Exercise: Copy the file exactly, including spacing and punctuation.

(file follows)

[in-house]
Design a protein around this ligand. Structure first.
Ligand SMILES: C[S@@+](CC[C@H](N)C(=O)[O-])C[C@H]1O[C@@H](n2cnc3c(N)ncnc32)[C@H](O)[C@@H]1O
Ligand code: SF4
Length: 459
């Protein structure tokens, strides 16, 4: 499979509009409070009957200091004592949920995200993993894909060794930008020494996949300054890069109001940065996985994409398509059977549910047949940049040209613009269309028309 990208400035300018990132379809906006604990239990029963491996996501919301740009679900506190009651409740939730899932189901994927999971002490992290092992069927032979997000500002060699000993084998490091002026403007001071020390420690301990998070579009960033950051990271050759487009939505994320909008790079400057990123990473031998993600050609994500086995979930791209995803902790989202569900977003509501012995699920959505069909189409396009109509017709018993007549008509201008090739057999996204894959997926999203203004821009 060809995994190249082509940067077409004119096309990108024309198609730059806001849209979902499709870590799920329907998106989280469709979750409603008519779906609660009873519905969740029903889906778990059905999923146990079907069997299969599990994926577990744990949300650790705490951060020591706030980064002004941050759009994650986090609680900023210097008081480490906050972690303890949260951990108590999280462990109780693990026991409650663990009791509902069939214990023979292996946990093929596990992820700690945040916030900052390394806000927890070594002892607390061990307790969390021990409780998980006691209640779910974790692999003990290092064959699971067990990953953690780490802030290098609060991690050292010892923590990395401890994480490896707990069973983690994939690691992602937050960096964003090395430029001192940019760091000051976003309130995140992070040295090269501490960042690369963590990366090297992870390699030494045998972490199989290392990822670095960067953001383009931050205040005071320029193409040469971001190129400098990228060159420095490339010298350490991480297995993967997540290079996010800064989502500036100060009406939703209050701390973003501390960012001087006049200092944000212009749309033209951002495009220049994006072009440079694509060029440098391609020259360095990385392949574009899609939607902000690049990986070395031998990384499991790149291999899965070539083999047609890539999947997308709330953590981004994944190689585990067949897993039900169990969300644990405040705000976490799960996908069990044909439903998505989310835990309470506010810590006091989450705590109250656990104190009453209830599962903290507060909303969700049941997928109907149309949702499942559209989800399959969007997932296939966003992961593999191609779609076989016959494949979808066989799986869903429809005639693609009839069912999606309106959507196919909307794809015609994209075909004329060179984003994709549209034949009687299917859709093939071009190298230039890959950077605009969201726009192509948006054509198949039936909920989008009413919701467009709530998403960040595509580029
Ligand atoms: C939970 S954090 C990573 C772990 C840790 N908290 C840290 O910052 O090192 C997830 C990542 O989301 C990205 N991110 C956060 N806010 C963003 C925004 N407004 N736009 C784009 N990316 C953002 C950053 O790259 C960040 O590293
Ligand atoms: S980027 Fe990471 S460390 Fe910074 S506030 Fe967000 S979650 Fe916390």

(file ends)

[in-house]
Design a protein around this ligand. Structure first.
Ligand SMILES: C[S@@+](CC[C@H](N)C(=O)[O-])C[C@H]1O[C@@H](n2cnc3c(N)ncnc32)[C@H](O)[C@@H]1O
Ligand code: SF4
Length: 459
């Protein structure tokens, strides 16, 4: 499979509009409070009957200091004592949920995200993993894909060794930008020494996949300054890069109001940065996985994409398509059977549910047949940049040209613009269309028309 990208400035300018990132379809906006604990239990029963491996996501919301740009679900506190009651409740939730899932189901994927999971002490992290092992069927032979997000500002060699000993084998490091002026403007001071020390420690301990998070579009960033950051990271050759487009939505994320909008790079400057990123990473031998993600050609994500086995979930791209995803902790989202569900977003509501012995699920959505069909189409396009109509017709018993007549008509201008090739057999996204894959997926999203203004821009 060809995994190249082509940067077409004119096309990108024309198609730059806001849209979902499709870590799920329907998106989280469709979750409603008519779906609660009873519905969740029903889906778990059905999923146990079907069997299969599990994926577990744990949300650790705490951060020591706030980064002004941050759009994650986090609680900023210097008081480490906050972690303890949260951990108590999280462990109780693990026991409650663990009791509902069939214990023979292996946990093929596990992820700690945040916030900052390394806000927890070594002892607390061990307790969390021990409780998980006691209640779910974790692999003990290092064959699971067990990953953690780490802030290098609060991690050292010892923590990395401890994480490896707990069973983690994939690691992602937050960096964003090395430029001192940019760091000051976003309130995140992070040295090269501490960042690369963590990366090297992870390699030494045998972490199989290392990822670095960067953001383009931050205040005071320029193409040469971001190129400098990228060159420095490339010298350490991480297995993967997540290079996010800064989502500036100060009406939703209050701390973003501390960012001087006049200092944000212009749309033209951002495009220049994006072009440079694509060029440098391609020259360095990385392949574009899609939607902000690049990986070395031998990384499991790149291999899965070539083999047609890539999947997308709330953590981004994944190689585990067949897993039900169990969300644990405040705000976490799960996908069990044909439903998505989310835990309470506010810590006091989450705590109250656990104190009453209830599962903290507060909303969700049941997928109907149309949702499942559209989800399959969007997932296939966003992961593999191609779609076989016959494949979808066989799986869903429809005639693609009839069912999606309106959507196919909307794809015609994209075909004329060179984003994709549209034949009687299917859709093939071009190298230039890959950077605009969201726009192509948006054509198949039936909920989008009413919701467009709530998403960040595509580029
Ligand atoms: C939970 S954090 C990573 C772990 C840790 N908290 C840290 O910052 O090192 C997830 C990542 O989301 C990205 N991110 C956060 N806010 C963003 C925004 N407004 N736009 C784009 N990316 C953002 C950053 O790259 C960040 O590293
Ligand atoms: S980027 Fe990471 S460390 Fe910074 S506030 Fe967000 S979650 Fe916390």